4. Do you take phones from America?

American phones operate on a different band, so only a few can be accepted, more if they are GSM phones rather than CDMA.

5. We have more phones than we need, how can we help other kids?

Either give them to another family locally or send them directly to Hearts and Minds where they will go towards fundraising for the school for children with autism.

6. Do you accept mobile phone batteries?

Yes, but they don't count towards your total unless there is a phone to go with them.

7. Is there a good poster to help publicise my phone collection?

Yes, this poster

8. How long have I got to collect the phones?

The campaign will run until the end of the year at least.

9. Do the phones have to be working?


10. Can I send in phones from overseas?

Absolutely, and many people do not realise this.  But they MUST be GSM phones and not CDMA phones.  Most countries use GSM, check this website for detail:

11. What are the best ways to collect phones?

Watch this space....another blog post on is coming soon!

More about the Hearts and Minds charity here:

Twitter: @handmchallenge  

Monday, 9 July 2012

A School for Autism

The Mobile Phone Recycling Campaign is just one part of the Hearts and Minds Challenge that is raising funds to build an Education Centre for Autism in Greater Manchester. 
The mission

To raise the quality of life of individuals and their families affected by autism by ensuring the highest standards in education, care and support leading to employment and equality of living opportunities.

The Aim

The Education Centre will provide help and support for academically capable children with autism so that they can progress to mainstream school and thrive there.

The Plan

Early intervention, a structured education program and tailored support services, so that pupils can succeed at key stages 1, 2 and 3 in mainstream school. To train teaching staff to work with these children, to run a transition program to prepare the children to join mainstream schools, and to give them tools to help them to cope both socially and academically in their new school.

The Education Centre

Will cater for 25 pupils, from age 3 to 11.   Each classroom will have five pupils with one teacher experienced in working with autistic children, and 2 teaching assistants.  There will also be an occupational therapist and 2 speech and language therapists on site to work closely with the children.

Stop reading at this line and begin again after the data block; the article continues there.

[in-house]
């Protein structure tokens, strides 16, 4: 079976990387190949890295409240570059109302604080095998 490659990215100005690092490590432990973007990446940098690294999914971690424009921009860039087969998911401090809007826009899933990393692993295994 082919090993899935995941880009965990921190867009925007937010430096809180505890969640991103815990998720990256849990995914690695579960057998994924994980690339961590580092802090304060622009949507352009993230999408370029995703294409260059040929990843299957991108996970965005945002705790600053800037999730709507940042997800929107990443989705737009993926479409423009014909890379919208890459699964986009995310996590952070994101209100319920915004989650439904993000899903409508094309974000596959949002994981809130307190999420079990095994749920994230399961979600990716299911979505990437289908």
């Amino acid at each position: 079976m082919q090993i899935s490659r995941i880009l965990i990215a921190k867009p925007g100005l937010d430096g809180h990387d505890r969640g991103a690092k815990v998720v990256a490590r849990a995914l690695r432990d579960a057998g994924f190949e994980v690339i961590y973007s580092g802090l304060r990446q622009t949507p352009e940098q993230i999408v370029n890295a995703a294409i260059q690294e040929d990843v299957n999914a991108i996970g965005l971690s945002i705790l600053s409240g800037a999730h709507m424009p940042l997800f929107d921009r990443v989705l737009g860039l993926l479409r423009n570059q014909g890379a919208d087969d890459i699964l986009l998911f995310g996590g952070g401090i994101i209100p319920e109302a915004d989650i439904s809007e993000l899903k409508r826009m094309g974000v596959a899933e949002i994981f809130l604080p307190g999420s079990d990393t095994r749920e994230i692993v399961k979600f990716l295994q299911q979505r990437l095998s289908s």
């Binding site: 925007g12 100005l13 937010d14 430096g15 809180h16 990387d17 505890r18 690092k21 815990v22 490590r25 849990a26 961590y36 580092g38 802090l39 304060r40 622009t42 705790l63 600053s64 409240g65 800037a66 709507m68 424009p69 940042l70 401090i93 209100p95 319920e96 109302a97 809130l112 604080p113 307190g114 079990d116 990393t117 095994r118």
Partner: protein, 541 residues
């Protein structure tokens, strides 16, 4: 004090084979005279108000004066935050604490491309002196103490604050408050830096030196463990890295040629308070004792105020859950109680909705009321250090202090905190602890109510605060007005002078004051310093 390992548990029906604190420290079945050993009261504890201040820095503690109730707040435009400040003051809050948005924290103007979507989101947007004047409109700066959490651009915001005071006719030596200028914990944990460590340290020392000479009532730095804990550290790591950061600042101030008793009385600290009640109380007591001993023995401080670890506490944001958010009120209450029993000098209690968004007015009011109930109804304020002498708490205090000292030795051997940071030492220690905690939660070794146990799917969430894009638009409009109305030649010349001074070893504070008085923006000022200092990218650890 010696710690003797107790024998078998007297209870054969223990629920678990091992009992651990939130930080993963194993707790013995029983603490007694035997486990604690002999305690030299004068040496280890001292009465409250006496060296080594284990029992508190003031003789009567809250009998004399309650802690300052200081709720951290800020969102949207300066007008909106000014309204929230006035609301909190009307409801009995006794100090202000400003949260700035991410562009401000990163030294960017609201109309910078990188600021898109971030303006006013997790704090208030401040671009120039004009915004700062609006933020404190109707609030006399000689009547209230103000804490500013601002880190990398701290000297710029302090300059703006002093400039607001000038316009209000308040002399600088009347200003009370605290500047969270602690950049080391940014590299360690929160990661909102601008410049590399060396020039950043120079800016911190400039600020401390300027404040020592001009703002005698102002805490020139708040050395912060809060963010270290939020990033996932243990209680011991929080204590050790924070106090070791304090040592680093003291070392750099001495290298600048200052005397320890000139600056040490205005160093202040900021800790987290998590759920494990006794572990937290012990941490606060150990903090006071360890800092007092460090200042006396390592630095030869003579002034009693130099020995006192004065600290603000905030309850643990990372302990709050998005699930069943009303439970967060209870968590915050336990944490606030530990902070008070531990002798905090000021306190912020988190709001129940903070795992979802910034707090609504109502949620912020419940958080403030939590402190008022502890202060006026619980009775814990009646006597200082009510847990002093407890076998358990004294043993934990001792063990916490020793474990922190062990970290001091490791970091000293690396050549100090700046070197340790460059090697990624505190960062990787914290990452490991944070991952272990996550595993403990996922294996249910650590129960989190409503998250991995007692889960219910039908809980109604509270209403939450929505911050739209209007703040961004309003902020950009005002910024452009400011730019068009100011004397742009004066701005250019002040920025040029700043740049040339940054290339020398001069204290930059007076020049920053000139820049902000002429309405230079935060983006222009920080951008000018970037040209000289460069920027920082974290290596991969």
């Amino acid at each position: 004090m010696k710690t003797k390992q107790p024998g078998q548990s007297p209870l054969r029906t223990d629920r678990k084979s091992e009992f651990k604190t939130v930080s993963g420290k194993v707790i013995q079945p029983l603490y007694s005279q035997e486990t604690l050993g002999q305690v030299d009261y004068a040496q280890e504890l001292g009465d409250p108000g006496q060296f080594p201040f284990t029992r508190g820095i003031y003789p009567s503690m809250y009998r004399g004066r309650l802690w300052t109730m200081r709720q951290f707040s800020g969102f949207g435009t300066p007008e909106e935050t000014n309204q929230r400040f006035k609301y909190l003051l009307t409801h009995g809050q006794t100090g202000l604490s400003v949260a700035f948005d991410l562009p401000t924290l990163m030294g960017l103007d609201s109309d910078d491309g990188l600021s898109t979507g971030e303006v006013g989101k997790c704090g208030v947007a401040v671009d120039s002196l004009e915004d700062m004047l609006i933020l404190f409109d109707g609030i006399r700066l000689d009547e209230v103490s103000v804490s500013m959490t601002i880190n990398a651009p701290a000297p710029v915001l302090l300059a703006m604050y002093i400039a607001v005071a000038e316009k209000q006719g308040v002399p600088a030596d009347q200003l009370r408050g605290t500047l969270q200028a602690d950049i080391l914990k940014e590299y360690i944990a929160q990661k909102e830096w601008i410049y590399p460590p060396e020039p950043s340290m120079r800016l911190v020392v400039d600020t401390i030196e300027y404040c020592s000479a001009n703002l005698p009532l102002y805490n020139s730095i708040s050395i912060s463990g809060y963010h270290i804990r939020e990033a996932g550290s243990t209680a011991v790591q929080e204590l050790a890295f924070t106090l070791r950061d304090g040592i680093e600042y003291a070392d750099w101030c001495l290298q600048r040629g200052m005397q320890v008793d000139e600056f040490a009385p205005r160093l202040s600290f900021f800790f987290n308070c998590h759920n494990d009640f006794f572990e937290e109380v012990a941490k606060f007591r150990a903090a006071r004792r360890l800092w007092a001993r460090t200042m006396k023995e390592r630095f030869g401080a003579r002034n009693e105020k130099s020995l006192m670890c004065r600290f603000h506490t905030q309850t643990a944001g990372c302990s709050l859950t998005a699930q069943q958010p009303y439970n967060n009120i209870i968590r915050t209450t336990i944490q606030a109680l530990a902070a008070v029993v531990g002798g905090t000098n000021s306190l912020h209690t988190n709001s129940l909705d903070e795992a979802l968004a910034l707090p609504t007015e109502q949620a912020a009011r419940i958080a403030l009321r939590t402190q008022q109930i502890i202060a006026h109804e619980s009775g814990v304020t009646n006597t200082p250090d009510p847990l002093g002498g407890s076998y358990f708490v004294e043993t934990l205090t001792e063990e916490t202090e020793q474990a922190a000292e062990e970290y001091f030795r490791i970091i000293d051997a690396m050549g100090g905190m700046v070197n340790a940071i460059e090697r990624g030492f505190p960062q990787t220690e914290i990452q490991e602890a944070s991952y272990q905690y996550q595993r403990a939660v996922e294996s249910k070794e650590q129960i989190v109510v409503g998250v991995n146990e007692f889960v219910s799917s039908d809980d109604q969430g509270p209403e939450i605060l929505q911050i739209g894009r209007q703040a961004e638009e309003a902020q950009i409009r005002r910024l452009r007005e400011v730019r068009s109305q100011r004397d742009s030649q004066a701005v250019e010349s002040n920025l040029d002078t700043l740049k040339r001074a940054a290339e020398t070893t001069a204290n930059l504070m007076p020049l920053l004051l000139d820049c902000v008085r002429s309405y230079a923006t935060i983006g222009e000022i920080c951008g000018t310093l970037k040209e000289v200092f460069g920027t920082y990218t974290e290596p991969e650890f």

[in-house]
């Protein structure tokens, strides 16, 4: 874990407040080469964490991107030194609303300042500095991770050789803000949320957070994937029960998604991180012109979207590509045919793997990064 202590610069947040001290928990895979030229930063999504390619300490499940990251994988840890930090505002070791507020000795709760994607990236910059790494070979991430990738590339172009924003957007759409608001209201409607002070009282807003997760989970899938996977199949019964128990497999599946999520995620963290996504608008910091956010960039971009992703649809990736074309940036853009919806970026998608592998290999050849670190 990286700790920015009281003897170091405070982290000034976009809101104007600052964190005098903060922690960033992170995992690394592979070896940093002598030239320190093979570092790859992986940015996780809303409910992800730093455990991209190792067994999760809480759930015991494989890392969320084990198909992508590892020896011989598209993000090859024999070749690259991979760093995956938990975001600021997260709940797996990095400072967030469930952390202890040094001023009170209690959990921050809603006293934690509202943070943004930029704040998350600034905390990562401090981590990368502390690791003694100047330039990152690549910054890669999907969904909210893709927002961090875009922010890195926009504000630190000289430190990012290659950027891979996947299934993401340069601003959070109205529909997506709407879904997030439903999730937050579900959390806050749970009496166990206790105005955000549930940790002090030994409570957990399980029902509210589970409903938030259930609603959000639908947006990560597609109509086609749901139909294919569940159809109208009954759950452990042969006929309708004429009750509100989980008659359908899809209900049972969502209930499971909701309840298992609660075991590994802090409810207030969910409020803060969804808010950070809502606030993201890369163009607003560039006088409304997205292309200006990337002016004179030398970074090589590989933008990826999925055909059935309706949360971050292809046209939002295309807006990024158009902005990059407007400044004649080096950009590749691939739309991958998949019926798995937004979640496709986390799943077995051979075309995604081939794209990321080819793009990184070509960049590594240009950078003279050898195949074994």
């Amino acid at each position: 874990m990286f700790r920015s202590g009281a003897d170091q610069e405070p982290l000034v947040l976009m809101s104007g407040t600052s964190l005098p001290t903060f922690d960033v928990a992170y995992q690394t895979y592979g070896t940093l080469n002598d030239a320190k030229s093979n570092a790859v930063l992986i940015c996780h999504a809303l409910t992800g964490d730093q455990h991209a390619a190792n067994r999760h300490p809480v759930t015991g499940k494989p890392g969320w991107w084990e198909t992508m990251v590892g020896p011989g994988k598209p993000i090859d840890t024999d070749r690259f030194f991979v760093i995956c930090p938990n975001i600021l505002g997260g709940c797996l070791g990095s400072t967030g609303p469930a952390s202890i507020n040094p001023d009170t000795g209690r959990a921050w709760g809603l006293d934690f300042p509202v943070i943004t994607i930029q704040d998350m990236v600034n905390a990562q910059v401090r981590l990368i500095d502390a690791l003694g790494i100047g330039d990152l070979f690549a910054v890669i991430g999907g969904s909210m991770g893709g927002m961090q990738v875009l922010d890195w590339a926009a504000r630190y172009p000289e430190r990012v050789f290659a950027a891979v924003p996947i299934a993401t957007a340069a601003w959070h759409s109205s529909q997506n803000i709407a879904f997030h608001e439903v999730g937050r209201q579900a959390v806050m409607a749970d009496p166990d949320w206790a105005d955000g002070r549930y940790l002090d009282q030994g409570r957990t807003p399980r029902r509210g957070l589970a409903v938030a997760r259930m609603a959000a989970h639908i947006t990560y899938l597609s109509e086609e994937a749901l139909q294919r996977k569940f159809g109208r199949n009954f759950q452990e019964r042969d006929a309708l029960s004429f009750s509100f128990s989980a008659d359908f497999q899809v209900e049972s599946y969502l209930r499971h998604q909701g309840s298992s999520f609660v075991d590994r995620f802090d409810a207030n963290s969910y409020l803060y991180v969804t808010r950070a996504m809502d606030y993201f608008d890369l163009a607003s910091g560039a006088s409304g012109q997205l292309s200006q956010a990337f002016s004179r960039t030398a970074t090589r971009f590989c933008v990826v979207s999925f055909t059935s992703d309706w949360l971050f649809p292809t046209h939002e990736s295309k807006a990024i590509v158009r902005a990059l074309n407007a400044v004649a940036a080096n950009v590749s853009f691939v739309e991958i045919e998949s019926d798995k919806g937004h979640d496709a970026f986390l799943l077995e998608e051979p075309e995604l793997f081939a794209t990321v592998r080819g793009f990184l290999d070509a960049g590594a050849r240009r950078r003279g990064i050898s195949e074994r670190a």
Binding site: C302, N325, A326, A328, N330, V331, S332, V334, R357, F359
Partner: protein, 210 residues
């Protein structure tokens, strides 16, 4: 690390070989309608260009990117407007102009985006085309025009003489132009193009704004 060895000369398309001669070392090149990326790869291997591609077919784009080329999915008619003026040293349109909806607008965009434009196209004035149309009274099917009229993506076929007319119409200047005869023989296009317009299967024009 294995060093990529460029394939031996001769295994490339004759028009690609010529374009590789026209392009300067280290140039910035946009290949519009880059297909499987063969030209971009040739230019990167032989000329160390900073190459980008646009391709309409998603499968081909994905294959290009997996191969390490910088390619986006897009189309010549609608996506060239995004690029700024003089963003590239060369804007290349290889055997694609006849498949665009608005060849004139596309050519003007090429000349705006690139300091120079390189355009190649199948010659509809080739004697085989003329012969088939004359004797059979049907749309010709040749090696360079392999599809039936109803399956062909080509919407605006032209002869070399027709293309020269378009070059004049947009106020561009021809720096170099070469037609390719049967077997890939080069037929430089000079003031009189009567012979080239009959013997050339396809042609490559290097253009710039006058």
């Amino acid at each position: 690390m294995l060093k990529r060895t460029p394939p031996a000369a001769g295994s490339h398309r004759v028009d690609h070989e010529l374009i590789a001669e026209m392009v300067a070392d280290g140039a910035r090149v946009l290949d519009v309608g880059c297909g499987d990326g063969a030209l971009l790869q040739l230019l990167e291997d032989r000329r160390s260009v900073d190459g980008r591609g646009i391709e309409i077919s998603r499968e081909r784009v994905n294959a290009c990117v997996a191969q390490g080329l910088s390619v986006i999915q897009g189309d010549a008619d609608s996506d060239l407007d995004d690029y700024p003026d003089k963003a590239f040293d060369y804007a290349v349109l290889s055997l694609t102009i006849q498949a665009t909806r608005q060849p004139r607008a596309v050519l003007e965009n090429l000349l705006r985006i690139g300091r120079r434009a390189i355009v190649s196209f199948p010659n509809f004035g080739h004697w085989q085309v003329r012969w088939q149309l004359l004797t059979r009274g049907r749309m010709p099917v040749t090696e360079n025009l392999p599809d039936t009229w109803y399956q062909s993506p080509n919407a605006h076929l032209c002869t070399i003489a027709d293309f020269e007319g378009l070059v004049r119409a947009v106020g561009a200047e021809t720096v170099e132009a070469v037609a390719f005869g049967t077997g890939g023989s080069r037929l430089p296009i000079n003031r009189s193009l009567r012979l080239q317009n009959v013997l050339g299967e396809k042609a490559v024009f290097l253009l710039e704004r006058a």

The Transition Programme

Pupils will be introduced to a mainstream school in a controlled way over a period of time.  The teaching assistant that has been supporting the child will accompany them. The first visit to the new school will be purely to look around.  Pupils will be slowly introduced to their new classmates and teacher starting with a short 1 hour lesson and increasing gradually over a period of time until they are ready to attend full time.  The teaching assistant will stay with the pupil at their new school, but will still get the support they need from Hearts and Minds.  This will help the pupil with their transition by ensuring continuity, and will also help the mainstream school as they will have a member of staff that knows the needs of the pupil, and has gained valuable experience working with autistic children that can be passed onto other staff at the school.

The fundraising target for the new school campaign is £1 Million.

Fundraising: As well as the mobile phone recycling campaign, the Hearts and Minds Challenge team are holding a number of charity fundraising events throughout 2012:

Manchester Marathon in April
Big Red Bike Ride in June
Trek to Macchu Picchu in August
An Evening with Mrs Brown in September

Donate on-line here:

More about the Hearts and Minds charity here:

Twitter: @handmchallenge